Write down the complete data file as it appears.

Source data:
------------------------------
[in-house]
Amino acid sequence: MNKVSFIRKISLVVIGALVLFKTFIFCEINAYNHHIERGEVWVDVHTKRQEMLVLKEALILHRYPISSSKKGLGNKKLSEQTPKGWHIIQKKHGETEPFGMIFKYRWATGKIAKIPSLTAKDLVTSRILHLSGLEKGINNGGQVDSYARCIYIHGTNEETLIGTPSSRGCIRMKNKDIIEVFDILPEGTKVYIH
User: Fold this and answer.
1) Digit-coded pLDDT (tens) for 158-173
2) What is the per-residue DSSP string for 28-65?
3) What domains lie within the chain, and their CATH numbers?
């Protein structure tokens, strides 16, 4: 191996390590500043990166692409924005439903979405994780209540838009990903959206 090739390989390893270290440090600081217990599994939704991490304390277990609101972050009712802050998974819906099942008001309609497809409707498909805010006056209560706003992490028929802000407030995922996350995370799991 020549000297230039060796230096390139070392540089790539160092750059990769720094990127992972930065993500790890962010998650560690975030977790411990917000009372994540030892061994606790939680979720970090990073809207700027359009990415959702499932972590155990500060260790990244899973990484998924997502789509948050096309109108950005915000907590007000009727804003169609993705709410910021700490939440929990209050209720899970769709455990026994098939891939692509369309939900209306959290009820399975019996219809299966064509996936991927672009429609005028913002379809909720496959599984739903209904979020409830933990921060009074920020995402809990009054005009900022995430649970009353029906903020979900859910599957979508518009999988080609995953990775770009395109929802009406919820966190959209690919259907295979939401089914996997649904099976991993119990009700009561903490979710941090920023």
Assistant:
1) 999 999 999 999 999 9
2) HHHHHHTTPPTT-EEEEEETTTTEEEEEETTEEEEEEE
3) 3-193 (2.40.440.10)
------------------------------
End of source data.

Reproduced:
[in-house]
Amino acid sequence: MNKVSFIRKISLVVIGALVLFKTFIFCEINAYNHHIERGEVWVDVHTKRQEMLVLKEALILHRYPISSSKKGLGNKKLSEQTPKGWHIIQKKHGETEPFGMIFKYRWATGKIAKIPSLTAKDLVTSRILHLSGLEKGINNGGQVDSYARCIYIHGTNEETLIGTPSSRGCIRMKNKDIIEVFDILPEGTKVYIH
User: Fold this and answer.
1) Digit-coded pLDDT (tens) for 158-173
2) What is the per-residue DSSP string for 28-65?
3) What domains lie within the chain, and their CATH numbers?
């Protein structure tokens, strides 16, 4: 191996390590500043990166692409924005439903979405994780209540838009990903959206 090739390989390893270290440090600081217990599994939704991490304390277990609101972050009712802050998974819906099942008001309609497809409707498909805010006056209560706003992490028929802000407030995922996350995370799991 020549000297230039060796230096390139070392540089790539160092750059990769720094990127992972930065993500790890962010998650560690975030977790411990917000009372994540030892061994606790939680979720970090990073809207700027359009990415959702499932972590155990500060260790990244899973990484998924997502789509948050096309109108950005915000907590007000009727804003169609993705709410910021700490939440929990209050209720899970769709455990026994098939891939692509369309939900209306959290009820399975019996219809299966064509996936991927672009429609005028913002379809909720496959599984739903209904979020409830933990921060009074920020995402809990009054005009900022995430649970009353029906903020979900859910599957979508518009999988080609995953990775770009395109929802009406919820966190959209690919259907295979939401089914996997649904099976991993119990009700009561903490979710941090920023």
Assistant:
1) 999 999 999 999 999 9
2) HHHHHHTTPPTT-EEEEEETTTTEEEEEETTEEEEEEE
3) 3-193 (2.40.440.10)